Dreams of Dashi
I dream of the perfect dashi. If one could make a perfect dashi, they would have mastered Japanese cuisine. Okay, maybe not the entirety but a pretty good chunk. Dashi is Japanese stock often made with kombu (kelp) and katsuobushi (smoked skipjack tuna shavings, though often called bonito flakes). There are many other versions using shiitake mushrooms, kombu alone, iriko (anchovy), etc. but the kelp and skipjack combo is by far the most common. It's the basis of all soups, braises, and my favorite, savory custards. This is the backbone of Japanese food.
What's frustrating is that everybody claims dashi is easy to make. And when you read the recipes, it really sounds like it. It requires 3 simple ingredients (albeit somewhat hard to find 2 of them in the US) and about 30 minutes of your time. This sounds so much easier than the French equivalent which requires massive amounts of mirepoix (chopped mix of onions, carrots, and celery), bones, and hours of your time. But the balance of each ingredient and the proper procedure, that's something up for debate. I've tried countless recipes from cookbooks and websites to master this simple broth. And I've finally found one to kick off my blog.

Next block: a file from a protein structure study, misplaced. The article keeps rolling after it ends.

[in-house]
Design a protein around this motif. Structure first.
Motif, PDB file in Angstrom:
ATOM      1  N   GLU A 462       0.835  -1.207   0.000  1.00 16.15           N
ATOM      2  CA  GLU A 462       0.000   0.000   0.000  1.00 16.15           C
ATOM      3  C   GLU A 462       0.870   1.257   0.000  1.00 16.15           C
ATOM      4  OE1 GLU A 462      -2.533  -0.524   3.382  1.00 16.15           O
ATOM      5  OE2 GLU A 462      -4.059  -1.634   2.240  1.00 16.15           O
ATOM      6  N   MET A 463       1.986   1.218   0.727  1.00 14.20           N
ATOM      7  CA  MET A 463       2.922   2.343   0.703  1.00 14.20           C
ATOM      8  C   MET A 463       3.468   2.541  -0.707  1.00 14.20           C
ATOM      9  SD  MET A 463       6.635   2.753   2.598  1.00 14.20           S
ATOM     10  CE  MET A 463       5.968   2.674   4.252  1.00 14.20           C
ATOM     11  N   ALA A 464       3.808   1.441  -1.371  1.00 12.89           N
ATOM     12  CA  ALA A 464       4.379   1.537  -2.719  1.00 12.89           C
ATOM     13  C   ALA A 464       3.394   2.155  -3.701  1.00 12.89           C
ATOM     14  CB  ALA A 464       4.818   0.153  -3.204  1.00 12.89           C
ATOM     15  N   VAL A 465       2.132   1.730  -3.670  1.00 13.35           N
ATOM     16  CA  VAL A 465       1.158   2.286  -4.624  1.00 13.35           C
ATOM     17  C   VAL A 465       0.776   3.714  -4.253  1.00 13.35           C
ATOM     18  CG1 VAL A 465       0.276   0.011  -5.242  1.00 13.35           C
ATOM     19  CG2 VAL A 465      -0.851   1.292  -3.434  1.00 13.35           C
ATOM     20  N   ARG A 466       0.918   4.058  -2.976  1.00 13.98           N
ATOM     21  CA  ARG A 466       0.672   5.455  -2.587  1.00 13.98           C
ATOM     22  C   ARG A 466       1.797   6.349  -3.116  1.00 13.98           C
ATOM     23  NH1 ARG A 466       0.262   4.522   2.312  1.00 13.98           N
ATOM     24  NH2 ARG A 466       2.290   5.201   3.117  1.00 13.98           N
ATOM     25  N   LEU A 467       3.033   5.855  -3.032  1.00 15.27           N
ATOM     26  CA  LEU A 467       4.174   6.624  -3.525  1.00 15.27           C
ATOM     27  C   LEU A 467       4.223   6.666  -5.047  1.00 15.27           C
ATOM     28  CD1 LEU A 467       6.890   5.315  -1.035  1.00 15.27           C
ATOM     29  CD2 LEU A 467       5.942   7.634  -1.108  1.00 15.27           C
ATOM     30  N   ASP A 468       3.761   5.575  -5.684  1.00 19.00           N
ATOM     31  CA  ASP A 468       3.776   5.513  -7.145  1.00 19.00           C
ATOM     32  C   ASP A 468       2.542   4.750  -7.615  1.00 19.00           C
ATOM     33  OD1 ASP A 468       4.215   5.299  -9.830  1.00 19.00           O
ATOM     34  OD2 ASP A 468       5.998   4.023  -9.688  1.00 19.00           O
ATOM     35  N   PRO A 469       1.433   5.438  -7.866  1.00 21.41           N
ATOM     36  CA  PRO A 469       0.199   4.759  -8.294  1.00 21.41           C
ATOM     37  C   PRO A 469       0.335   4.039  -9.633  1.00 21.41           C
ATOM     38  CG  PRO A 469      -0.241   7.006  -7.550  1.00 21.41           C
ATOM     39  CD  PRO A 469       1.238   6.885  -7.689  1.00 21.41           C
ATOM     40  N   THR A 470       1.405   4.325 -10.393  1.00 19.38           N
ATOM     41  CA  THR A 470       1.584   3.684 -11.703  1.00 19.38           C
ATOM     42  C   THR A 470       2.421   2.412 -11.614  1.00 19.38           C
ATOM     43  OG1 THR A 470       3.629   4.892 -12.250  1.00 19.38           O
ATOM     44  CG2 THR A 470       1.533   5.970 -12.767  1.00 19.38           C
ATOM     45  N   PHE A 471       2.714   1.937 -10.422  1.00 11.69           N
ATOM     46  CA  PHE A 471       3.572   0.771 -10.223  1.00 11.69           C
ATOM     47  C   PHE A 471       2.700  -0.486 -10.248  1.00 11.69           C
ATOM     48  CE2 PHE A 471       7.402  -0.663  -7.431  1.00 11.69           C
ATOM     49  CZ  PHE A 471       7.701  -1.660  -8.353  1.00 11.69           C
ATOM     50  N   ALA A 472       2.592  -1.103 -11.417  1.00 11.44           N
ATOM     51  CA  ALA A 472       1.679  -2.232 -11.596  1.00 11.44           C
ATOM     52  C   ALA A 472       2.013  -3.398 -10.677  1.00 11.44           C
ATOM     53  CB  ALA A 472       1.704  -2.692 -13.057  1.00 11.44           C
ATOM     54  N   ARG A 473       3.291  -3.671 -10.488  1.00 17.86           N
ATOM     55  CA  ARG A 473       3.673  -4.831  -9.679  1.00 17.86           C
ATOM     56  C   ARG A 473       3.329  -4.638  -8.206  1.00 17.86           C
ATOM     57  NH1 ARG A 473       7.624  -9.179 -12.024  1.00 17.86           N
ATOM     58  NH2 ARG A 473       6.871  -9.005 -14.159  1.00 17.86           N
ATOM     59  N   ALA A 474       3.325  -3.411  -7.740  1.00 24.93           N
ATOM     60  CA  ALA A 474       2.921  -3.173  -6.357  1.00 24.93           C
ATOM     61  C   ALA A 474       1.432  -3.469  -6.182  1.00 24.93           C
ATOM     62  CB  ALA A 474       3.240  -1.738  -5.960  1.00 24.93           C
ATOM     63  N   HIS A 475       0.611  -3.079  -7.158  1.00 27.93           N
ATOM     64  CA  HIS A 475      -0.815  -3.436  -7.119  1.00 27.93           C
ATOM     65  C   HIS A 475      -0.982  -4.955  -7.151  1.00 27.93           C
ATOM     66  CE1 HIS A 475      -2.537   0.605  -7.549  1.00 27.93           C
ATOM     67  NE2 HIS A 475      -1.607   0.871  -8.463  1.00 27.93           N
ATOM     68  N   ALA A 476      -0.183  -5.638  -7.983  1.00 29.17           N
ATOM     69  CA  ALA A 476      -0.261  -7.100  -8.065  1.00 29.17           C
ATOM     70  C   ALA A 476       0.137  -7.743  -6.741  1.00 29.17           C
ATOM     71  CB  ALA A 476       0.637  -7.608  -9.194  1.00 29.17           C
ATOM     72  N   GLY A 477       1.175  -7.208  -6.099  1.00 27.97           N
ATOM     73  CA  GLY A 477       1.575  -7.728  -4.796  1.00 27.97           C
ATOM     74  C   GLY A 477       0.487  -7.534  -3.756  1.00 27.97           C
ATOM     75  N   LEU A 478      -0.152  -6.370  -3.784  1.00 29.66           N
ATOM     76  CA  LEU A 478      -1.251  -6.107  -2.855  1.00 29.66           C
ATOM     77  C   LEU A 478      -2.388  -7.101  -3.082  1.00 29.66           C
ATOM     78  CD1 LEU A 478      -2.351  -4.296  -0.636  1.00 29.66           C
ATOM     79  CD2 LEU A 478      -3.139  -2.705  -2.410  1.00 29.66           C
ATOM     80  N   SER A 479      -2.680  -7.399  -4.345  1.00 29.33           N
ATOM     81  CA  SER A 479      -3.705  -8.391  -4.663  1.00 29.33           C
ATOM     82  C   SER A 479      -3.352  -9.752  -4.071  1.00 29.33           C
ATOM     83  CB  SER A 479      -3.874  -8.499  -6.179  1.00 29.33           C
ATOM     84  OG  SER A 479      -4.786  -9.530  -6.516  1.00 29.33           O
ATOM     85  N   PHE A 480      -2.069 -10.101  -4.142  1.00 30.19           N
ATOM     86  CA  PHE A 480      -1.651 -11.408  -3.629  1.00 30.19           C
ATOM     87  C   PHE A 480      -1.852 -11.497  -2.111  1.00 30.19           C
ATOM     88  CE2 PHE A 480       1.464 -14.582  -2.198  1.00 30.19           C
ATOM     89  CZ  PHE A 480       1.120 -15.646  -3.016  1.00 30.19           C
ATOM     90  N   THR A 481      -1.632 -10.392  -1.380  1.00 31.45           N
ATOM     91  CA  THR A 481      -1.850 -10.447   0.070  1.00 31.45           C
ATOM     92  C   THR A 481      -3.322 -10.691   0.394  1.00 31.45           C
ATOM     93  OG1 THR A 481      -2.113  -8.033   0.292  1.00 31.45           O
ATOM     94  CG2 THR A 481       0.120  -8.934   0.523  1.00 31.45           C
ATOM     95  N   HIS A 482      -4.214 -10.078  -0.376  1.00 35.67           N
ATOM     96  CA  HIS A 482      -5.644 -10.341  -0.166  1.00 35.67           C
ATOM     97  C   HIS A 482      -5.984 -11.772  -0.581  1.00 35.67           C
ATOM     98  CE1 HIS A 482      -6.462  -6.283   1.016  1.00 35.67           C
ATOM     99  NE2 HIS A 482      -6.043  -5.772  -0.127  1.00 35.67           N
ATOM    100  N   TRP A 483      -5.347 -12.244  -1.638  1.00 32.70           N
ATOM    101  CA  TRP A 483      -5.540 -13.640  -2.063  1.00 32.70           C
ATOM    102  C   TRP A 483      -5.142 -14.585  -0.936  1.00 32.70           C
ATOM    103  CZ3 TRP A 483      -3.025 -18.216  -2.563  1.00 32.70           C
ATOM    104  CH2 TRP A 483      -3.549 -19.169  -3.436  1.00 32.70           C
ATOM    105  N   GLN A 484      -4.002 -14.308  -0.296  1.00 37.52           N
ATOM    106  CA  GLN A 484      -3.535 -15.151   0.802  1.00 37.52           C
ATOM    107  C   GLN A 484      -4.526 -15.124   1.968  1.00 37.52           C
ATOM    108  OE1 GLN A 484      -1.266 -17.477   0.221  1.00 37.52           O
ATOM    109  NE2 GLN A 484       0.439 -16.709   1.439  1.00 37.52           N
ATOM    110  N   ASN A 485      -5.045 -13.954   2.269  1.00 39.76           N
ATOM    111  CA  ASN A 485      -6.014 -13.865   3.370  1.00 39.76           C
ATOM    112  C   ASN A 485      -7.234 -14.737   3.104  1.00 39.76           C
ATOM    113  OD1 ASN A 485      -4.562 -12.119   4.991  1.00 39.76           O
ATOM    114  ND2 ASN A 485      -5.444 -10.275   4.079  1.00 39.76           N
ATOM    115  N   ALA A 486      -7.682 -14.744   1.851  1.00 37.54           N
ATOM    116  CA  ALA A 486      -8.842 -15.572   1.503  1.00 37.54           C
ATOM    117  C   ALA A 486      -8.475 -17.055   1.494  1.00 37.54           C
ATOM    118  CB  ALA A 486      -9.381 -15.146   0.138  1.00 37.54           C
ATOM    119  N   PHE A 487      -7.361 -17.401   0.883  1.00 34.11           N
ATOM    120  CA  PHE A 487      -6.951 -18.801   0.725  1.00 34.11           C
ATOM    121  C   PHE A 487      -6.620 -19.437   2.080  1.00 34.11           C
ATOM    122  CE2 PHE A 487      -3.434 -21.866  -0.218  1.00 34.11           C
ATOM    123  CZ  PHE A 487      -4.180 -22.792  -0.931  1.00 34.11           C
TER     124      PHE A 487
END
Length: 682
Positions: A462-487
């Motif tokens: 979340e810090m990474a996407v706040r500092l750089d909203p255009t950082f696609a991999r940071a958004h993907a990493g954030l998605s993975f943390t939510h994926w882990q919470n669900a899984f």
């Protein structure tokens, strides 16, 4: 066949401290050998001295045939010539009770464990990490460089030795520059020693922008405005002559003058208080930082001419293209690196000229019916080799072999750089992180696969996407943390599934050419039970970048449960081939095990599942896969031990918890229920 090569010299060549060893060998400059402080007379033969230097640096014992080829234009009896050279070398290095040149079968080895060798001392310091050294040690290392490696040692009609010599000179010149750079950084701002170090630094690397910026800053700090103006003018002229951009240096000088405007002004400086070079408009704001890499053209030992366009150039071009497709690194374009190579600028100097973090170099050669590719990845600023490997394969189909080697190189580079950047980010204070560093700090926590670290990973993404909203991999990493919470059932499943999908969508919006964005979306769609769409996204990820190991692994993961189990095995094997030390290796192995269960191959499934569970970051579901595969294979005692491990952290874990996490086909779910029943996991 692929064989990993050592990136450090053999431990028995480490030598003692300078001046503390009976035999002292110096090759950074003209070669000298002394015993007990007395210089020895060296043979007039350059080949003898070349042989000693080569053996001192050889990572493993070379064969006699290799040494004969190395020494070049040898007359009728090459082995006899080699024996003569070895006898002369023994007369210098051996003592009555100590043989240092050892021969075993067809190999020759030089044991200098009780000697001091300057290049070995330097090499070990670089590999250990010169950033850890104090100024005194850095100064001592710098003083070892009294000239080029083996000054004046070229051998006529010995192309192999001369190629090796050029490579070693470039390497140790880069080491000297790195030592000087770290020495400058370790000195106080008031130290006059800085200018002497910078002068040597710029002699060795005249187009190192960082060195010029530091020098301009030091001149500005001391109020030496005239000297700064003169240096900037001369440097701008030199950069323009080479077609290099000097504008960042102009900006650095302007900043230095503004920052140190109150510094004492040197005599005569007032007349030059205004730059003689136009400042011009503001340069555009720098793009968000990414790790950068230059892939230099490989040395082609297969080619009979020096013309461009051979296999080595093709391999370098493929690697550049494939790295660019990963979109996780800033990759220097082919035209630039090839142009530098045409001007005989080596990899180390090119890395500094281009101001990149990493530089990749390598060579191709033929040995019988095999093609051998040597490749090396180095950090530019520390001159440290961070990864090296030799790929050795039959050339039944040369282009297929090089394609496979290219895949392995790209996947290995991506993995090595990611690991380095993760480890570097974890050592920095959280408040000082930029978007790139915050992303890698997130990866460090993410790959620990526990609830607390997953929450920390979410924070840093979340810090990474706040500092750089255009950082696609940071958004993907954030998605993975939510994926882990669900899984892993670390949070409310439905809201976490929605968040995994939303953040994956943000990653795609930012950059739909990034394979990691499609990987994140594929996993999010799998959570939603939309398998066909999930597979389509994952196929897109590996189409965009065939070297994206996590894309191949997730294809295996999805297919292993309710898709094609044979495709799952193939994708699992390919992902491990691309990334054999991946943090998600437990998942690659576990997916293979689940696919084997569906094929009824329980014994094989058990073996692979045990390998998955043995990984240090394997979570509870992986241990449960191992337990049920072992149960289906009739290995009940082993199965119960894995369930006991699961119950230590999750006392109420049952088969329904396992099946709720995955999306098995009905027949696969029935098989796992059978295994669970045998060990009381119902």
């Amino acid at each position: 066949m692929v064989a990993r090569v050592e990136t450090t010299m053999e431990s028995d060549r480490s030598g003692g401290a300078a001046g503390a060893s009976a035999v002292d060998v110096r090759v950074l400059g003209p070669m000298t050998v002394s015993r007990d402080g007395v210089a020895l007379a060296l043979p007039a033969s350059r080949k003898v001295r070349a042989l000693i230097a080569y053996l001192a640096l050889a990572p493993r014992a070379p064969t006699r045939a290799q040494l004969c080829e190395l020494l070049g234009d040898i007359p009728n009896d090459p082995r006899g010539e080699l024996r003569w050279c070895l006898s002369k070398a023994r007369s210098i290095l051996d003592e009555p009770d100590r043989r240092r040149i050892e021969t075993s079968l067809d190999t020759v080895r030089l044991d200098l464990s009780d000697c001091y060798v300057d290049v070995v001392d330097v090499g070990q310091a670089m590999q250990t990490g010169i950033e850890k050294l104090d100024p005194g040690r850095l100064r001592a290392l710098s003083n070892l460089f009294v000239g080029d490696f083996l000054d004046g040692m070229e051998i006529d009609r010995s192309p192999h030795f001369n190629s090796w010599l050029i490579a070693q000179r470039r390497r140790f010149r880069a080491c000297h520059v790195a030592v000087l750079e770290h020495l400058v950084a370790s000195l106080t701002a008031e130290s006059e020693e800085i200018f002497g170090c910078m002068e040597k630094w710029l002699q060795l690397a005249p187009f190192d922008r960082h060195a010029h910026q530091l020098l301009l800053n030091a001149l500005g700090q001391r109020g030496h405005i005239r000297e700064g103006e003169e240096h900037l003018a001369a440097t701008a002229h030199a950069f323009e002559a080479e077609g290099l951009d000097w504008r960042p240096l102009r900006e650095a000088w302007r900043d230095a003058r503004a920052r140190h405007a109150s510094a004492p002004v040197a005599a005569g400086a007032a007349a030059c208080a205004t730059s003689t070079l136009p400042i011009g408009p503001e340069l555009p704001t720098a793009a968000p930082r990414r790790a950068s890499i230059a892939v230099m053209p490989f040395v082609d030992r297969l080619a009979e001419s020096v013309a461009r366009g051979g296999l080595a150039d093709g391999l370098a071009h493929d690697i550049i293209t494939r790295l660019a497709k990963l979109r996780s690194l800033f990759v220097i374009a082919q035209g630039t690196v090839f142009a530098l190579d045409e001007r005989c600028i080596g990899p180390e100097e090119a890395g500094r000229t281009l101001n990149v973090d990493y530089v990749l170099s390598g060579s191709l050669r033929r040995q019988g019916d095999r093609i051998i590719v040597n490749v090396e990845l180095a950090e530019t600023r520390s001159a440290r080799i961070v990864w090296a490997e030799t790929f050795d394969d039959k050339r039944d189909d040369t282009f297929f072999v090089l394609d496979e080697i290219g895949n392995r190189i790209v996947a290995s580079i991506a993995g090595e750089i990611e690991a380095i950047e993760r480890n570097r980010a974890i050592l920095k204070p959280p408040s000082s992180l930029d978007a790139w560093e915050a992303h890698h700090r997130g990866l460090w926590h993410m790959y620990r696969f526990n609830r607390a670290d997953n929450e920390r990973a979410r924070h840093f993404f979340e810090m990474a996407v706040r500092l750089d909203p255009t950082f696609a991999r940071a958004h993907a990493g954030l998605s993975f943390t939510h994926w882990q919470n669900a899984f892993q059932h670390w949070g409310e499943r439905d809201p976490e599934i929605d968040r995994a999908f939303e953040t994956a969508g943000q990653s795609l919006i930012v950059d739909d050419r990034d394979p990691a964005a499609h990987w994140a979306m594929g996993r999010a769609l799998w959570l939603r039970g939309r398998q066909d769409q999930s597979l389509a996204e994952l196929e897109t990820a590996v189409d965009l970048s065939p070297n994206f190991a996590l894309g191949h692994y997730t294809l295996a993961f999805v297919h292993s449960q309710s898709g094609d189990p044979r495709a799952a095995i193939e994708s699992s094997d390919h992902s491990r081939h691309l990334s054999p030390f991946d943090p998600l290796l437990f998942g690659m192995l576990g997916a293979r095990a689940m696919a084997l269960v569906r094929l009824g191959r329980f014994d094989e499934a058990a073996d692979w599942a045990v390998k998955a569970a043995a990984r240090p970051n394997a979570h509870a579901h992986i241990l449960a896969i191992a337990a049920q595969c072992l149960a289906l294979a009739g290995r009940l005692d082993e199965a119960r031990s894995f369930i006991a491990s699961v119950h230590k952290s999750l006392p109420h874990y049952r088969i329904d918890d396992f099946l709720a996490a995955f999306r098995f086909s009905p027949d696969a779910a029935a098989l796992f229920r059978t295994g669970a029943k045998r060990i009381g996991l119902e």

Now I mentioned before that depending on where you live, it could be a little difficult to find the two main ingredients other than water. If you're fortunate enough to live close to a Japanese or Chinese grocery store, you may be able to find some good brands and at cheaper prices. Also, katsuobushi is very delicate so it's better if you can inspect the bag yourself to make sure you have large shavings that haven't broken apart. Luckily, like all other things, Amazon comes to the rescue here and here. I'm not claiming that these are the best brands but they are the most widely available and affordable. If you ever get to go to Makurazaki in Japan where my grandparents used to live, you can actually buy the smoked and dried skipjack and shave it yourself on a slicer. My grandma used to shave bags and bags every time she made a trip out to the skipjack factory.
I'll probably never stop tweaking the recipe for the prefect dashi, but this one is pretty darn good. As you attempt to make some of my recipes, start with this and enjoy what you're able to cook in your own home. Dashi lasts a couple days in your fridge and a few months in the freezer but it's always best to make it fresh since it's a quick recipe.